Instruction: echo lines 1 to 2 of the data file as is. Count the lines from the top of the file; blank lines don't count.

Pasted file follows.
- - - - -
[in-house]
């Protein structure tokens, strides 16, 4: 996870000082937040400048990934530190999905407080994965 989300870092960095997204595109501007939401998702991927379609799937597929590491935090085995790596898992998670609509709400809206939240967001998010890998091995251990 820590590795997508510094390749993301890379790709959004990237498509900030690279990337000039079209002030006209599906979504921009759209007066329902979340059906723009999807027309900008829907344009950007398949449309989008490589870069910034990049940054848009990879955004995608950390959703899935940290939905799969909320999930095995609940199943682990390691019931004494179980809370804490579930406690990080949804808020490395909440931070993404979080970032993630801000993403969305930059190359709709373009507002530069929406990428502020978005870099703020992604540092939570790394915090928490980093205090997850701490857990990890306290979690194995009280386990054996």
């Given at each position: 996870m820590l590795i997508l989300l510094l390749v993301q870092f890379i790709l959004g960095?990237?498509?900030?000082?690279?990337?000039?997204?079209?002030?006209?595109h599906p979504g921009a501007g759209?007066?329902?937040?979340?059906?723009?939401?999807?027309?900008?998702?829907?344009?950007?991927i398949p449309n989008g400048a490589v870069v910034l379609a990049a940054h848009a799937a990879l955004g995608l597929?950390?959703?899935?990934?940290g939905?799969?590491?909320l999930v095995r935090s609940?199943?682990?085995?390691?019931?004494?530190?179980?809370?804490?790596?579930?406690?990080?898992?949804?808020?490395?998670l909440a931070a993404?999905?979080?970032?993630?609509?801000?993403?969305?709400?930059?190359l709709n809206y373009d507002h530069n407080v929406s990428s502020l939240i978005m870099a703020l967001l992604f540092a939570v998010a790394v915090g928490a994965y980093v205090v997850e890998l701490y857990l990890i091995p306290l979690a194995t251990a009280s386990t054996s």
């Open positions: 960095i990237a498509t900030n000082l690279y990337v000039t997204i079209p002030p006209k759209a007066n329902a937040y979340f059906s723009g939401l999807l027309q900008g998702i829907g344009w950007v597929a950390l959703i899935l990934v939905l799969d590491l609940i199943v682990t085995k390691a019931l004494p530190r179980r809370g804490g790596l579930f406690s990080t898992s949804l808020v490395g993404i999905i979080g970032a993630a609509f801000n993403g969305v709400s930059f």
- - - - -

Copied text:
[in-house]
């Protein structure tokens, strides 16, 4: 996870000082937040400048990934530190999905407080994965 989300870092960095997204595109501007939401998702991927379609799937597929590491935090085995790596898992998670609509709400809206939240967001998010890998091995251990 820590590795997508510094390749993301890379790709959004990237498509900030690279990337000039079209002030006209599906979504921009759209007066329902979340059906723009999807027309900008829907344009950007398949449309989008490589870069910034990049940054848009990879955004995608950390959703899935940290939905799969909320999930095995609940199943682990390691019931004494179980809370804490579930406690990080949804808020490395909440931070993404979080970032993630801000993403969305930059190359709709373009507002530069929406990428502020978005870099703020992604540092939570790394915090928490980093205090997850701490857990990890306290979690194995009280386990054996």